Yesterday’s 2021 Emmy nominations continued to rack up accolades for Saturday Night Live’s historic season 46, which was produced live under strict COVID-19 protocols. Bowen Yang’s (Saturday Night Live, Awkwafina is Nora From Queens) nomination for Outstanding Performing Actor in a Comedy Series earned him a position as the first Featured Player in Saturday Night Live’s history to be nominated for an Emmy Award, via NBC News.
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The status of Featured Player functions as a bit of a trial-period for comedians before they graduate into Saturday Night Live’s Repertory cast. Featured Players have been apart of Saturday Night Live’s legacy since 1977, the year in which Al Franken (Saturday Night Live) and Tom Davis (Saturday Night Live, Coneheads) were inaugurated into the position. Many talented comedians and performers such as Damon Wayans (My Wife and Kids), Rob Riggle (21 Jump Street, The Hangover), Casey Wilson (Happy Endings) and Tim Robinson (Detroiters, I Think You Should Leave) never surpassed their Featured Player status on the series. In season 46, Ego Nwodim (Saturday Night Live, Brockmire) was the only Featured Player to graduate to the Repertory position, a transition that usually happens during a performers’ third year on Saturday Night Live.
According to NBC News, Yang started his career on Saturday Night Live in 2018 as a writer during the sketch comedy series’ 44th season. Becoming a Featured Player in season 45, Yang became Saturday Night Live’s first ever Asian American cast member and “the first openly gay man to ever survive past one season on the NBC variety show” (Entertainment Weekly).
Even prior to Tuesday’s nomination, Yang seemed destined for the position of Repertory Player, as his contributions to the past season provided some of the most buzzworthy moments on the series. The comedian received much praise for coming on “Weekend Update” out-of-character to discuss the rise of anti-Asian hate in the United States in the wake of the COVID-19 pandemic. His impression of cultural critic and Pretend It’s a City subject, Fran Lebowitz, was likewise a hit with all but the subject of the impression herself, who refused to watch Yang’s segment (because she, characteristically, does not own a television or mobile device).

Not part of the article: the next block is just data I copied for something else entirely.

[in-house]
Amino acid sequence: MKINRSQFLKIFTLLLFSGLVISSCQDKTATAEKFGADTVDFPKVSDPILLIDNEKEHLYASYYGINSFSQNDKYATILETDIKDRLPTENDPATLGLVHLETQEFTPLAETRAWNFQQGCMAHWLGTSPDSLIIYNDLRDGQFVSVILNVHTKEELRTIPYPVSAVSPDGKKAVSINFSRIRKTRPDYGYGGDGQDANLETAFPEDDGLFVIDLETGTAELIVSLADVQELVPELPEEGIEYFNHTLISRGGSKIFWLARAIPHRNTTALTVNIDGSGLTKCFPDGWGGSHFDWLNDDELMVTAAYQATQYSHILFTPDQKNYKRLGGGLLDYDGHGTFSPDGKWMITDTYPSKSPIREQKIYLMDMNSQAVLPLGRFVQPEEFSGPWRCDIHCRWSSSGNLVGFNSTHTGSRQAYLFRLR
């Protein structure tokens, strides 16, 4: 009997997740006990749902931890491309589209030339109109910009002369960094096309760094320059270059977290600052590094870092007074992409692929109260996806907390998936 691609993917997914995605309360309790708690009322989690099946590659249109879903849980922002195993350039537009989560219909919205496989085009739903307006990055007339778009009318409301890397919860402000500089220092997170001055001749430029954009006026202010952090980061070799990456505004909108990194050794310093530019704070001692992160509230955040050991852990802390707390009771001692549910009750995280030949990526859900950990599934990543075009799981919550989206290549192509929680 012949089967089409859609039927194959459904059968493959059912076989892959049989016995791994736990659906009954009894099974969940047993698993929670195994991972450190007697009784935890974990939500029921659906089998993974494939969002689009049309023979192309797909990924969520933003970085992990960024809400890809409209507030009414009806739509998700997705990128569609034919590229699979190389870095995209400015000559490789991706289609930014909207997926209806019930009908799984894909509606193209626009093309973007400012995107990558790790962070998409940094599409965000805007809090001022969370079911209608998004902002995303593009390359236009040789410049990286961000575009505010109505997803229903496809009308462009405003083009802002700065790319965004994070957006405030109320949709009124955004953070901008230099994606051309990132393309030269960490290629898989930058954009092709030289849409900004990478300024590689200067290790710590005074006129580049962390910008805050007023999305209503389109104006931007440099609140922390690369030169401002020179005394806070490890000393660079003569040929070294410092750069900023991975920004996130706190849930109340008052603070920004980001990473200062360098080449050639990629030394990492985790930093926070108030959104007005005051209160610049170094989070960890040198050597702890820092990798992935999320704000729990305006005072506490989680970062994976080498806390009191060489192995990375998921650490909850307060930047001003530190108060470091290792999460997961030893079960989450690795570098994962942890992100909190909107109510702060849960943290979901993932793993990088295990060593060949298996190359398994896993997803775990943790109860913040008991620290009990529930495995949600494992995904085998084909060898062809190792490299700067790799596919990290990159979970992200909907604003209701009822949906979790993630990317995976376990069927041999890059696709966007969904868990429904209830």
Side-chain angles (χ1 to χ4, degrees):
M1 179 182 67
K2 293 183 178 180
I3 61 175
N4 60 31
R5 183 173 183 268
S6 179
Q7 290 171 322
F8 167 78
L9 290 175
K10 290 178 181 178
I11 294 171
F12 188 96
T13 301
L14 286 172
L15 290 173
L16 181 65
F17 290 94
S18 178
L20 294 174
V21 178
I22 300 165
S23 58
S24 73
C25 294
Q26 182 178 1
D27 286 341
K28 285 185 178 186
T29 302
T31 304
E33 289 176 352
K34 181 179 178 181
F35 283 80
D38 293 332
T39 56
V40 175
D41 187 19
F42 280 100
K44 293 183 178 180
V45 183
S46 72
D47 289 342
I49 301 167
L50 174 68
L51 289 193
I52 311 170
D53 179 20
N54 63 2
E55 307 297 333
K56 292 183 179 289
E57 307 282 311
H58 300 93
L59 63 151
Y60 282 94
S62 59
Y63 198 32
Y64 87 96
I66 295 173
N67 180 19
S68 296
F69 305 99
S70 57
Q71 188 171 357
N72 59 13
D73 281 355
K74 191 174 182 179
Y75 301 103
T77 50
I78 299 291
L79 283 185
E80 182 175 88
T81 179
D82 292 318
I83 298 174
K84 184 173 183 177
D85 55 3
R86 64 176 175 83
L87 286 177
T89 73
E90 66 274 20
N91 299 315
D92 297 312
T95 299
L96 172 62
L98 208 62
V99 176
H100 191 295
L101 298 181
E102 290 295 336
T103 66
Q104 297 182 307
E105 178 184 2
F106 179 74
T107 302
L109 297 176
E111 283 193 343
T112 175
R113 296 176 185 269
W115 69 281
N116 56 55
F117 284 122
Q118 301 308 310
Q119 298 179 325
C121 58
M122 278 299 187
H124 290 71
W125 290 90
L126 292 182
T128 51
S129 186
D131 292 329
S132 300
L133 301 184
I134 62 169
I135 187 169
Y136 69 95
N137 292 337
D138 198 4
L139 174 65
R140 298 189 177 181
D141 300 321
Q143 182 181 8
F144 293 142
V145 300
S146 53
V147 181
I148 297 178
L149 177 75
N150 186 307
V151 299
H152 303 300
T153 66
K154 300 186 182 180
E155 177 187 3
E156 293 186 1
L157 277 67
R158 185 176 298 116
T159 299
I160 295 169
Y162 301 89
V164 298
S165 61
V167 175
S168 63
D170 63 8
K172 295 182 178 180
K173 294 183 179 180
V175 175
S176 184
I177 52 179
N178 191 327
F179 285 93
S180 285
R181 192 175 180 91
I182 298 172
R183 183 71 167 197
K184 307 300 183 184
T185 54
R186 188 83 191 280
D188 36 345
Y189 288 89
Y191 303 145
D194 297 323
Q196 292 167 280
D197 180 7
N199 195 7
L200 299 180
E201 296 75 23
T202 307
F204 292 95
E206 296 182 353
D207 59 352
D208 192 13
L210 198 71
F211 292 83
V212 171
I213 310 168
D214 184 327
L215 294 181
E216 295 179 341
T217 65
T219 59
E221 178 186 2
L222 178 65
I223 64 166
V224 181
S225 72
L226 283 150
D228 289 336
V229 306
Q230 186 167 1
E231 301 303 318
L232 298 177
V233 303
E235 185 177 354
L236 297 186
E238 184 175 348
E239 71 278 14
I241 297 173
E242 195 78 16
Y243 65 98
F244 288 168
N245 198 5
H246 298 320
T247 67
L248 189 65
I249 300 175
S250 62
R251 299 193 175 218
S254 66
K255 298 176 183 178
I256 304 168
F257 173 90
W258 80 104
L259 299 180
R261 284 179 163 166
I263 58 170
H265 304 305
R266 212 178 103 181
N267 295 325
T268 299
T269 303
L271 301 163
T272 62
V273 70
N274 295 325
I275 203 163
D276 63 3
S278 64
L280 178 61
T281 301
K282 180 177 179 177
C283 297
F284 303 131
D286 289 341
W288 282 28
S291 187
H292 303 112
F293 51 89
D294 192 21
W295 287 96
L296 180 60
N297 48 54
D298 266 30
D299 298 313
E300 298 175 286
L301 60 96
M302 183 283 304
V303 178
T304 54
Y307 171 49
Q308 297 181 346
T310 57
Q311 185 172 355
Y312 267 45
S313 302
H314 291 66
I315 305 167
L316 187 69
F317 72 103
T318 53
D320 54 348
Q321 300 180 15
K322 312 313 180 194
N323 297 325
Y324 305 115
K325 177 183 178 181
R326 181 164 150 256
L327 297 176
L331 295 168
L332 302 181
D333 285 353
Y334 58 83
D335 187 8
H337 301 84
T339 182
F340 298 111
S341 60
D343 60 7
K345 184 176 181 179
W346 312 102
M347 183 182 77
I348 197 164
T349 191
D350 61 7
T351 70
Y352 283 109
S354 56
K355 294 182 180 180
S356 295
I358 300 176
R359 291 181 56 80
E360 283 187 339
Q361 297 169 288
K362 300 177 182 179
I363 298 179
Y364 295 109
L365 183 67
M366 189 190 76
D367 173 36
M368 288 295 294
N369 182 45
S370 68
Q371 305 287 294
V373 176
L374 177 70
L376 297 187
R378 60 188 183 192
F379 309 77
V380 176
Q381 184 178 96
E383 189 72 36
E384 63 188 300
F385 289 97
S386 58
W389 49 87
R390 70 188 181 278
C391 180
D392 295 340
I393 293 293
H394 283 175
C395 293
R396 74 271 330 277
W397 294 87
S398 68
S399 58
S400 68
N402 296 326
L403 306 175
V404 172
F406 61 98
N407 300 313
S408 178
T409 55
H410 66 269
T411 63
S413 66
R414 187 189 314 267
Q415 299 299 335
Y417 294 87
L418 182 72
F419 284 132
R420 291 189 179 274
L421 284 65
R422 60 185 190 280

While Yang made a splash in many sketches this past season, he shared with Variety that, when it came down to submitting himself for Emmy consideration, one sketch rose above the rest. Portraying the Titanic-sinking iceberg , attempting to stage a re-branding and career-comeback, Yang sent the internet ablaze in his instantly-viral “Weekend Updated” segment late in the season. While speaking to Variety, Yang credited co-writer Anna Drezen (Saturday Night Live, Girls5eva) and Saturday Night Live’s hair and makeup team for bringing the nomination-worthy character to life.
Yang’s Emmy nomination contributes to Saturday Night Live’s whopping 21 nominations for season 46, which clocks in “just under its own single-year record of 22 nominations in 2017” (Deadline). Not only did the cast and crew of Saturday Night Live persevere through the COVID-19 pandemic in order to deliver an in-studio election season, they went on an unprecedented six-episode consecutive run in the fall. Recently, the Saturday Nigh Live team released a behind-the-scenes video on their YouTube channel that lifted the curtain on the stressful pandemic production of season 46.
Aside from the Saturday Night Live of-it-all, Yang’s nomination marks an important moment in Emmy history as well. Yang stands among only a handful of Asian nominees in the Television Academy’s less-than-diverse history. Though Deadline cites Yang as the first Chinese American to earn an acting nomination, this is not exactly the case. Chinese American actor B.D. Wong (Jurassic Park) was nominated for his role as Mr. Robot antagonist White Rose in 2017, making Yang one of only two Chinese American acting nominees in the show’s history and the only Chinese American man nominated in a comedy category. Overall, there have been extremely sparse nominations and wins for Asian performers throughout Emmy history, with Archie Panjabi (The Good Wife, Blindspot) and Riz Ahmed’s (The Night Of, The Sound of Metal) acting wins and Aziz Ansari (Master of None, Parks and Recreation) and Alan Yang’s (Master of None, Parks and Recreation) joint writing win among the only Emmy wins for Asian nominees.
As one of Saturday Night Live’s openly queer cast members, Yang represents an even smaller portion of Asian representation to be included in the Emmy Award’s history. Between Yang and Mj Rodriguez’s (Pose, Adam) milestone nomination as the first transgender woman nominated for Outstanding Lead Actress in a Drama Series Award, Out posits that “this year’s Emmys are going to be one for the queer history books.”
In the category of Best Supporting Actor in a Comedy Series, Yang will face-off against Saturday Night Live co-star Kenan Thompson (Kenan, Kenan & Kel) as well as Carl Clemons-Hopkins (Hacks), Brett Goldstein (Ted Lasso), Brendan Hunt (Ted Lasso), Nick Mohammed (Ted Lasso), Jeremy Swift (Ted Lasso) and Paul Reiser (The Kominsky Method). A win for Yang could further secure his place in Saturday Night Live and Emmy history, though he will likely be an important voice of the sketch comedy show going forward either way. As rumors of massive cast turnover hung of Saturday Night Live’s season 46 finale, the fresh voices of the series may be left to steer the show’s future.